The Fair Labor Standards Act (“FLSA”) requires that an employer pay employees overtime -- at least one and a half times the employee’s base pay -- for all hours worked in excess of forty (40) hours in one workweek. However, certain employees are “exempt” from the FLSA’s overtime mandate if the employee meets certain federally-mandated requirements. For an employee to be considered exempt, there are three tests that the employee must meet:

  1. the salary level test;
  2. the salary basis test and;
  3. the job duties test

Because FLSA regulations regarding exemptions can be complex, this article briefly outlines these three tests and the FLSA requirements for properly exempting an employee.

Salary Level

First, for an employee to even be considered exempt, the minimum salary level an employer must pay is $455 per week. The employer may pay the $455 in equivalent amounts longer than one week (i.e., $910 biweekly; $985.83 semi-monthly; or $1971.66 monthly), however, the shortest amount of payment required to meet this test is weekly.

Salary Basis

If an employee meets the minimum salary level requirements, then the employer must determine whether the employee qualifies for the salary basis test. To satisfy this requirement, an employer must pay an employee his or her full salary for any week in which the employee performs any work, no matter how much work the employee performs or how well the employee performs. It is important to remember that if an employer makes improper deductions from an employee’s salary, it could result in the loss of the exemption for all employees of the same job classification who are working for the same managers that are responsible for the actual improper deductions.

Job Duties

Once an employer determines that it pays its employee the requisite amount at the required time, the final test that an employee must surmount is the job duties test. The three main job duty exemptions are executive, administrative, and professional, which are also known as the “white collar exemptions.” The employee must perform a certain “primary” duty, which means that the duty is the principal, main, major, or most important duty that the employee performs. Whether a duty is the employee’s “primary” duty will vary on a case by case basis, but the factors considered are relative importance of the exempt duties, amount of time spent performing exempt work, freedom from direct supervision, and relationship between the employee’s salary and the wages paid to other employees for the same kind of work.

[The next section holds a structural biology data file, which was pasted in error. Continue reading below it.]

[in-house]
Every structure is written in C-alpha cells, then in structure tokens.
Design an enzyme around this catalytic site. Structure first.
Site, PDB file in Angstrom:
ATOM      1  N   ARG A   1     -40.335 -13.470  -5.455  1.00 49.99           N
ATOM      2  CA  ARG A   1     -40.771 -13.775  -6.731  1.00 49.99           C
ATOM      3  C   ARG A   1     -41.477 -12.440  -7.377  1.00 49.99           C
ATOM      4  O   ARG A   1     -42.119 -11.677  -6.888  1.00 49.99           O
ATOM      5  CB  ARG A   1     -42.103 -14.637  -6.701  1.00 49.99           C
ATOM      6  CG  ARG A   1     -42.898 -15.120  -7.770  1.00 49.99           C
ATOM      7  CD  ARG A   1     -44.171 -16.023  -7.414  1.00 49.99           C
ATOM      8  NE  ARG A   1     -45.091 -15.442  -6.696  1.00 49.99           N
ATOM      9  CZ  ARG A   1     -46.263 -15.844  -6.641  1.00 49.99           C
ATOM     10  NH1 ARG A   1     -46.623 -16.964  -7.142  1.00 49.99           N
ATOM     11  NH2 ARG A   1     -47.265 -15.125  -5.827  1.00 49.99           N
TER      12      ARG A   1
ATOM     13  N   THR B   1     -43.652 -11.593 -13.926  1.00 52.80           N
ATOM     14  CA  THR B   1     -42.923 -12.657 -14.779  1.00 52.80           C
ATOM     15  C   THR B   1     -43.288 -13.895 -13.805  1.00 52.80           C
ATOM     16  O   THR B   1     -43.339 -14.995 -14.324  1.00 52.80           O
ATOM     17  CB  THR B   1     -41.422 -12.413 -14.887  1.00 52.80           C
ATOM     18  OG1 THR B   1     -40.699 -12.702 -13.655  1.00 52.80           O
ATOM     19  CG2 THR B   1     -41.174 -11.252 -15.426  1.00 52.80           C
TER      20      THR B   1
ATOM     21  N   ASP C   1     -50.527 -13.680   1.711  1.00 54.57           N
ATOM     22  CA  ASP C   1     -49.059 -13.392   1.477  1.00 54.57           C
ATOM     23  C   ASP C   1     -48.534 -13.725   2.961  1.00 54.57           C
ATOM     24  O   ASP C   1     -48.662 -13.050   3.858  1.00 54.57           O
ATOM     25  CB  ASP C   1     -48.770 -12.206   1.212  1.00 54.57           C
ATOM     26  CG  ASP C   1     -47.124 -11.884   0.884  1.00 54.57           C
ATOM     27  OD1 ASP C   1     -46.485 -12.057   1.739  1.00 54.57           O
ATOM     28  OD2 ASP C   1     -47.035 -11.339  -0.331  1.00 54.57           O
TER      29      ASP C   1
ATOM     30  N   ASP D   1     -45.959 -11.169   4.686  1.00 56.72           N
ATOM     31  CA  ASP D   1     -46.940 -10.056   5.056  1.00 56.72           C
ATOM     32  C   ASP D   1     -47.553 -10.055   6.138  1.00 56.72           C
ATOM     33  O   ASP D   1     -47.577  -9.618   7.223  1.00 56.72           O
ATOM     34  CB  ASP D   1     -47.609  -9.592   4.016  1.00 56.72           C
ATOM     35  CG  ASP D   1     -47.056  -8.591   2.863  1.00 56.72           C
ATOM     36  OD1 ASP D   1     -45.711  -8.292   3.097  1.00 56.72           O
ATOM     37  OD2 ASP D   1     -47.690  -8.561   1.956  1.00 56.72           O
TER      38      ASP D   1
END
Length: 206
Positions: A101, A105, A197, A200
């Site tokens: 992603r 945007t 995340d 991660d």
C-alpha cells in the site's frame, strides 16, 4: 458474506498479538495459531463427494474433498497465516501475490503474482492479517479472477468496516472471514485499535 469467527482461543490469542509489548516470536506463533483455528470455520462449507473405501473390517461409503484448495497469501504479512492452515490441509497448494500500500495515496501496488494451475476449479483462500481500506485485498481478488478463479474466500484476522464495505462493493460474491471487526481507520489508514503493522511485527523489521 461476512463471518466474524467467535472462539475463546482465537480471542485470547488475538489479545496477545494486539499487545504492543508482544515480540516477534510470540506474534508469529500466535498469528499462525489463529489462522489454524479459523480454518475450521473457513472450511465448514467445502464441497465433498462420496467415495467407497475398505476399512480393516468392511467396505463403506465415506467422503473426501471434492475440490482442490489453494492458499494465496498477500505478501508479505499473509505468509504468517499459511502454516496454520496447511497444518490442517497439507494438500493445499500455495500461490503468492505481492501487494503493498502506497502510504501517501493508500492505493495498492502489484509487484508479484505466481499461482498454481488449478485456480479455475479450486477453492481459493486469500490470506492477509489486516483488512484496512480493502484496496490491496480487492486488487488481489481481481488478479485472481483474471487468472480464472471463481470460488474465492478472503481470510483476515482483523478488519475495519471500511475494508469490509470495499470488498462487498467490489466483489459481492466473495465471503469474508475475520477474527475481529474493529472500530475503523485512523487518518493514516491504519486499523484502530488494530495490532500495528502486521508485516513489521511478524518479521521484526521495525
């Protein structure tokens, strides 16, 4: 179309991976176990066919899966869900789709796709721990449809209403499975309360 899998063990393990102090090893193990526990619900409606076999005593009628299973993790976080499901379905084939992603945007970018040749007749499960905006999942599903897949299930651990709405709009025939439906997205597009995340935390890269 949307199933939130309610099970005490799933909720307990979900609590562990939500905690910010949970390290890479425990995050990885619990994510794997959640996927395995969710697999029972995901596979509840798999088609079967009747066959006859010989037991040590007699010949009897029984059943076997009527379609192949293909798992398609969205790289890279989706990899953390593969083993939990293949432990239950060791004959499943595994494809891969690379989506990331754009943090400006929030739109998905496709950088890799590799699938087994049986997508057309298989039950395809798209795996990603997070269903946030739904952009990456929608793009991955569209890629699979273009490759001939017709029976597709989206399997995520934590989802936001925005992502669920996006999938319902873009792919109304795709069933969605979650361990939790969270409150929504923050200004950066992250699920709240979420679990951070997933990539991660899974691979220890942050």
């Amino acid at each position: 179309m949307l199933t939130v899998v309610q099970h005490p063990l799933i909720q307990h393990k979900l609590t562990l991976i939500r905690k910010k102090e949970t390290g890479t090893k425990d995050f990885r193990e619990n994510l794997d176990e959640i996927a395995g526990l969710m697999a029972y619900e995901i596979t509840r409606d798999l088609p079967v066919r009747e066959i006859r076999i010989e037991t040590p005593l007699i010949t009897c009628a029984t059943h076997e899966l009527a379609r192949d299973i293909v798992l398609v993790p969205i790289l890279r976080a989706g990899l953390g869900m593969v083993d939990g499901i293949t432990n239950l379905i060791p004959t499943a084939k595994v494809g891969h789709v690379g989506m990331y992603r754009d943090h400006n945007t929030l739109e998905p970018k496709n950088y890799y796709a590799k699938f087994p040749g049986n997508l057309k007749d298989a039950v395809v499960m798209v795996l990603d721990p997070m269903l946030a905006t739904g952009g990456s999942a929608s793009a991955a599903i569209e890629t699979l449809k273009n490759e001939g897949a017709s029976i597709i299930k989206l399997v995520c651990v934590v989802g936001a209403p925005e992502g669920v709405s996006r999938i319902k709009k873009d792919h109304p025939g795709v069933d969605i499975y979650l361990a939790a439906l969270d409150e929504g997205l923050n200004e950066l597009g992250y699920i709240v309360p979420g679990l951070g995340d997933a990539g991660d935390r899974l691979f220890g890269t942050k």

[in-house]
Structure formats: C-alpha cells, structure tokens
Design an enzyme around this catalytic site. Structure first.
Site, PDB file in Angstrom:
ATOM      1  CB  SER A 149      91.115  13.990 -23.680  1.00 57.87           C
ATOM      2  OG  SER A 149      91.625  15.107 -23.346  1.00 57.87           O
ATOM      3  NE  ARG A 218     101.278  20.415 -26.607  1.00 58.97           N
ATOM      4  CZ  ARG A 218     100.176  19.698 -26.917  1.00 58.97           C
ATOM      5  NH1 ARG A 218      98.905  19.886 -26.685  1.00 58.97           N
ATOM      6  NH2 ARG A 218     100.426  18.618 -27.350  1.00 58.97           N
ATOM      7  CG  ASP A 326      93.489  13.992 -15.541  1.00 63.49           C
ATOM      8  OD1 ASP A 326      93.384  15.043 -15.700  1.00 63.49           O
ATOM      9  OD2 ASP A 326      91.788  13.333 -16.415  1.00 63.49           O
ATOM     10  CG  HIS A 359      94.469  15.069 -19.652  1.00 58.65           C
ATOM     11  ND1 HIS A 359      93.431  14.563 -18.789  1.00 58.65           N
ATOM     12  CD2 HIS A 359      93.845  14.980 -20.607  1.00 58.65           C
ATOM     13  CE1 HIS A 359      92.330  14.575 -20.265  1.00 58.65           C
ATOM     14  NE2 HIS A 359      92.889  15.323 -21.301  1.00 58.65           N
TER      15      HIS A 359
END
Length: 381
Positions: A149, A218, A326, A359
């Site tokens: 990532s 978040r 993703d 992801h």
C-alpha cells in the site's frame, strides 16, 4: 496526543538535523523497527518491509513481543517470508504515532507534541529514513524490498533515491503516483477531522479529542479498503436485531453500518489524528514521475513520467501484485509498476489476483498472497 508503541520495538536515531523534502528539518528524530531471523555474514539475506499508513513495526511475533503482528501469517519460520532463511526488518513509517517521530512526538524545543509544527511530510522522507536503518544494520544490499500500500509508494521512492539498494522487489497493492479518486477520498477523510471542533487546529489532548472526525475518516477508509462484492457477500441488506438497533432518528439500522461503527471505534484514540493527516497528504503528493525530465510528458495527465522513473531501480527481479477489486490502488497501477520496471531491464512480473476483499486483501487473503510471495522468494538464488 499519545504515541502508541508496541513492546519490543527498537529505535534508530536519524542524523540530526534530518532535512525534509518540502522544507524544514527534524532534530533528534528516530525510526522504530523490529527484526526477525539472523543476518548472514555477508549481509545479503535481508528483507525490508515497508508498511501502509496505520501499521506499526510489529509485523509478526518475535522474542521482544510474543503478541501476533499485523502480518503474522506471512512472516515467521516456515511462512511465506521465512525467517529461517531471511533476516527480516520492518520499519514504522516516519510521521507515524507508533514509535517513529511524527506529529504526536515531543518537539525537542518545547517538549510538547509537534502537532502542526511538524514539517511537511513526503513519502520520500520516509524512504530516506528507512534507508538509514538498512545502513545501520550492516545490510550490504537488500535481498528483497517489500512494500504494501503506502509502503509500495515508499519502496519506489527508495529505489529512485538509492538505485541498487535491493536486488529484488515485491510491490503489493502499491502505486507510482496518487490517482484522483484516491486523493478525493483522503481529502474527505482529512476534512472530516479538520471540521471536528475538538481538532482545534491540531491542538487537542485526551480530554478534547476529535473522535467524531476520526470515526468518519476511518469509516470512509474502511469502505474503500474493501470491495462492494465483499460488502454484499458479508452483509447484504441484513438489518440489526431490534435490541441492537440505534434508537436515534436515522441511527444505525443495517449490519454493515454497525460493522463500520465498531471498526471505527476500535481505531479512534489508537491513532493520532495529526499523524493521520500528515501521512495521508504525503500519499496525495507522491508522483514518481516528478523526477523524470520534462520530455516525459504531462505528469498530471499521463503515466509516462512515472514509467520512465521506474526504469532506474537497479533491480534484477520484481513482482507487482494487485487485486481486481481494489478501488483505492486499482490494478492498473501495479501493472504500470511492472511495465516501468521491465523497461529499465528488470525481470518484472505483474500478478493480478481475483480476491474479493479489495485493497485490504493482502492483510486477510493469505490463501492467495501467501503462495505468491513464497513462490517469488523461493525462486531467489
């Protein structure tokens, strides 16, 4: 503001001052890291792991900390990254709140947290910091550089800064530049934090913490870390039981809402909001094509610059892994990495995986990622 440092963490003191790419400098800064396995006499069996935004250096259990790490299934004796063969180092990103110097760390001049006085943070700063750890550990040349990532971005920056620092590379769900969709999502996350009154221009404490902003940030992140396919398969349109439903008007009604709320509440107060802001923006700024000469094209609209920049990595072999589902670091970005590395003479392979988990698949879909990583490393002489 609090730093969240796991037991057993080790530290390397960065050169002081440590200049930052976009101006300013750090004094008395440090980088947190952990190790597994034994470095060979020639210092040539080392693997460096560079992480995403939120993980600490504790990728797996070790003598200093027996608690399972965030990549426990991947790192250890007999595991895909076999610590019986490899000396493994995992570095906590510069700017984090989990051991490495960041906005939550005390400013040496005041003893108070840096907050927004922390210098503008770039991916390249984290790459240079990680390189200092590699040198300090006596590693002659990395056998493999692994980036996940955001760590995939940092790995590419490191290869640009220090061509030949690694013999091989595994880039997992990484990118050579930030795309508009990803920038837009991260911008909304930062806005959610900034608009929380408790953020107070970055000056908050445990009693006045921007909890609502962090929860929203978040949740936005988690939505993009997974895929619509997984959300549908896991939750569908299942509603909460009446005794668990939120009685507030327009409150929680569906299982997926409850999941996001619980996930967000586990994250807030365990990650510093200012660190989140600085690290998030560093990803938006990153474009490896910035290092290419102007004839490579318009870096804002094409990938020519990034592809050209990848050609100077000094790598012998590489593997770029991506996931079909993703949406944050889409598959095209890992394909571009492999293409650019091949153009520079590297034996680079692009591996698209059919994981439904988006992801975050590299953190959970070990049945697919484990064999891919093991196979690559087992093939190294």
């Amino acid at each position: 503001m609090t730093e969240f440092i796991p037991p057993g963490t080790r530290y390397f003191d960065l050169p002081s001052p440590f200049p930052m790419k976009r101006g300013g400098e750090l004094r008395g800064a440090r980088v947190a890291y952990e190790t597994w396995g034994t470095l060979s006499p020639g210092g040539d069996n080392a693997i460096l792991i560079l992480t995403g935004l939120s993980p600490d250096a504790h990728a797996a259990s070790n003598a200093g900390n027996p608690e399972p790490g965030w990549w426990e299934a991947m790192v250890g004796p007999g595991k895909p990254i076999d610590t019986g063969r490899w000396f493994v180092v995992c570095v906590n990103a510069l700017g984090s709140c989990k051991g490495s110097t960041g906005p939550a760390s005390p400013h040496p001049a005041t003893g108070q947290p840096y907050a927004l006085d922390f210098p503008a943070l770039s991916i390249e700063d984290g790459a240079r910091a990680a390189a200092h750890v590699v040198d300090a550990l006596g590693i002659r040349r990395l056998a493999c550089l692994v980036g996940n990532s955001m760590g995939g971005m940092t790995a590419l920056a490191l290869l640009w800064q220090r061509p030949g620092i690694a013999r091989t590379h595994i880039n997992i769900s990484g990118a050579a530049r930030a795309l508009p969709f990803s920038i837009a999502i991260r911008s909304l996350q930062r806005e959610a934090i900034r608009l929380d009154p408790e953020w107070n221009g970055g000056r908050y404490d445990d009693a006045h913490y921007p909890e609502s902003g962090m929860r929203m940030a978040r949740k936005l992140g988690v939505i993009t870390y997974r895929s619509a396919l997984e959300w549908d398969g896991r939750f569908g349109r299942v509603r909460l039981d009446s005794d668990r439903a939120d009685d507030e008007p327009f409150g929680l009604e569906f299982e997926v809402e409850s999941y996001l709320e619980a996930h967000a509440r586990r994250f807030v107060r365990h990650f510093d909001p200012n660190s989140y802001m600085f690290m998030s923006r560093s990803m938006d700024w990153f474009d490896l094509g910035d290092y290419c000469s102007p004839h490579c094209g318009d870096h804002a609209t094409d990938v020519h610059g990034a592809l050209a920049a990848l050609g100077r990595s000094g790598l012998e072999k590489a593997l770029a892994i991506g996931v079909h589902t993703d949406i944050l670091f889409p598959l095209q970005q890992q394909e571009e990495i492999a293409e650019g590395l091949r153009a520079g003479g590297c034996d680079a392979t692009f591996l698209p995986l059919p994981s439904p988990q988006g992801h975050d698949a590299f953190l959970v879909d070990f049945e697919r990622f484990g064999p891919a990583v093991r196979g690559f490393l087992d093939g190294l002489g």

To qualify for the executive duties exemption, the employee’s primary duty must be managing the business or a customarily recognized department or subdivision. Acceptable management duties generally include interviewing, selecting and training employees, setting and adjusting pay or work hours, disciplining employees, and maintaining production or sales records. Additionally, the exempt employee must normally and regularly direct the work of two or more full-time employees. Finally, the exempt employee must have the authority to hire and fire or their suggestions and recommendations about hiring, firing, advancement, promotion, or other change of status must be given particular weight.